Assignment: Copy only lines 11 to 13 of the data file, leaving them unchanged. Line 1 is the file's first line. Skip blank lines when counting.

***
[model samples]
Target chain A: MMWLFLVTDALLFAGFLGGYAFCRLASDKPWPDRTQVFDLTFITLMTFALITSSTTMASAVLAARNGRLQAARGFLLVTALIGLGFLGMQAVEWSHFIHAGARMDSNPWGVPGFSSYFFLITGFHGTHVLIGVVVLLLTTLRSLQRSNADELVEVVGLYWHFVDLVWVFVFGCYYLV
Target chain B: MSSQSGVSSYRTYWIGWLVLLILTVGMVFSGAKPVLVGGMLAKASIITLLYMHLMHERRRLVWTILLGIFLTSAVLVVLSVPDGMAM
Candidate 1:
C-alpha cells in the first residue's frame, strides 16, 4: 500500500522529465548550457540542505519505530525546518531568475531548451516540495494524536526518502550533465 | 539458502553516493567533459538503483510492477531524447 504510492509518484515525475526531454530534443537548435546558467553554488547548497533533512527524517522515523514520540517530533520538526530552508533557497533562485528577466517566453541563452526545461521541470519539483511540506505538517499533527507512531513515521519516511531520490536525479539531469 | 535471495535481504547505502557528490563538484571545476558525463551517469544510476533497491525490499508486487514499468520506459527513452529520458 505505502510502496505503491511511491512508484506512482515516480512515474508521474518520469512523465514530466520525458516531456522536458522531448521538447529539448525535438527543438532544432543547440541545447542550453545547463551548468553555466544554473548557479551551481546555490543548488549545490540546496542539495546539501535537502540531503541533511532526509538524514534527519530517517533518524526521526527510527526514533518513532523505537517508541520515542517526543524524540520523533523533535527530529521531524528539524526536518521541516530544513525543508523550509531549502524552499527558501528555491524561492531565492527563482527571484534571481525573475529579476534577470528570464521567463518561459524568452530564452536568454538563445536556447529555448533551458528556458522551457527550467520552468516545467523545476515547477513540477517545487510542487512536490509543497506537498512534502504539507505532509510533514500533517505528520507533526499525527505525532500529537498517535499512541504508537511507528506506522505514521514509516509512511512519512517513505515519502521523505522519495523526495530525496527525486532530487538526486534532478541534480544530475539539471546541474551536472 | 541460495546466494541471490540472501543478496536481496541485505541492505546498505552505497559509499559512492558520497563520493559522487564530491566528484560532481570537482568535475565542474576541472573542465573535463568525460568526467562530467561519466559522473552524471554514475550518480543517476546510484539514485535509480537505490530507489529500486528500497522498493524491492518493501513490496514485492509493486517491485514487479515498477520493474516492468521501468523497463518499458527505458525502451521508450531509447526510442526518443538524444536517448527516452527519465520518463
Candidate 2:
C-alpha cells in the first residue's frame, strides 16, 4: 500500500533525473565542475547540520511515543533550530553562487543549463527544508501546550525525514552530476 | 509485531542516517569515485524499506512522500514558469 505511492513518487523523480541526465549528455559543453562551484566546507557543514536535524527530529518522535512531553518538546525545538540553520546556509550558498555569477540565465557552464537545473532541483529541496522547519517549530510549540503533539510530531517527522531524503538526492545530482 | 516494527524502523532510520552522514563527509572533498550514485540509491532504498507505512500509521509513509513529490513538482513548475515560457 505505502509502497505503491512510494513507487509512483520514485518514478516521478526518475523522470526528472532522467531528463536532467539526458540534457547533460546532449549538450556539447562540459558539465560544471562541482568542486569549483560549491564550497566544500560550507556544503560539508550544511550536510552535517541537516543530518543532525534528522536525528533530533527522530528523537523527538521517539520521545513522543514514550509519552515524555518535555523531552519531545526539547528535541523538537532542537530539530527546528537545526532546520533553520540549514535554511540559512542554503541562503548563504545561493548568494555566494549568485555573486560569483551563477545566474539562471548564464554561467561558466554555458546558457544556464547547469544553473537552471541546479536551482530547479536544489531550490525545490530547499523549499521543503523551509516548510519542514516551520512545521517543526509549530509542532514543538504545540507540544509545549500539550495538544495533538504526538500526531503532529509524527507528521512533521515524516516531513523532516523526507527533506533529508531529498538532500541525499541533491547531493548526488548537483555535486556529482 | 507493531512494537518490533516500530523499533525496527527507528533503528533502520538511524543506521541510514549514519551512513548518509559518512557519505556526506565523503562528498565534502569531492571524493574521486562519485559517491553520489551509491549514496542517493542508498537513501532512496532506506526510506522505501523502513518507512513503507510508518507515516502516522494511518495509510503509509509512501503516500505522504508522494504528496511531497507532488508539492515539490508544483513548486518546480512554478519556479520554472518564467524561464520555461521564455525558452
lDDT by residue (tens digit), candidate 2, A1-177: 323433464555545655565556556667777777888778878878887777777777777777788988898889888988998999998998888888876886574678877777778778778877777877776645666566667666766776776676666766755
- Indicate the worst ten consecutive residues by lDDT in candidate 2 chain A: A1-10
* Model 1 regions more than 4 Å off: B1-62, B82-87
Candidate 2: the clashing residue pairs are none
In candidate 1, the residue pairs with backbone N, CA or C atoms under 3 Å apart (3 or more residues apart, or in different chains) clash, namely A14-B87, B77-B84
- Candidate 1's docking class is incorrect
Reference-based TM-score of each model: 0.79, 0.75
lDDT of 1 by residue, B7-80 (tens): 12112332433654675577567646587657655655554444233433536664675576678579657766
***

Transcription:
Candidate 2: the clashing residue pairs are none
In candidate 1, the residue pairs with backbone N, CA or C atoms under 3 Å apart (3 or more residues apart, or in different chains) clash, namely A14-B87, B77-B84
- Candidate 1's docking class is incorrect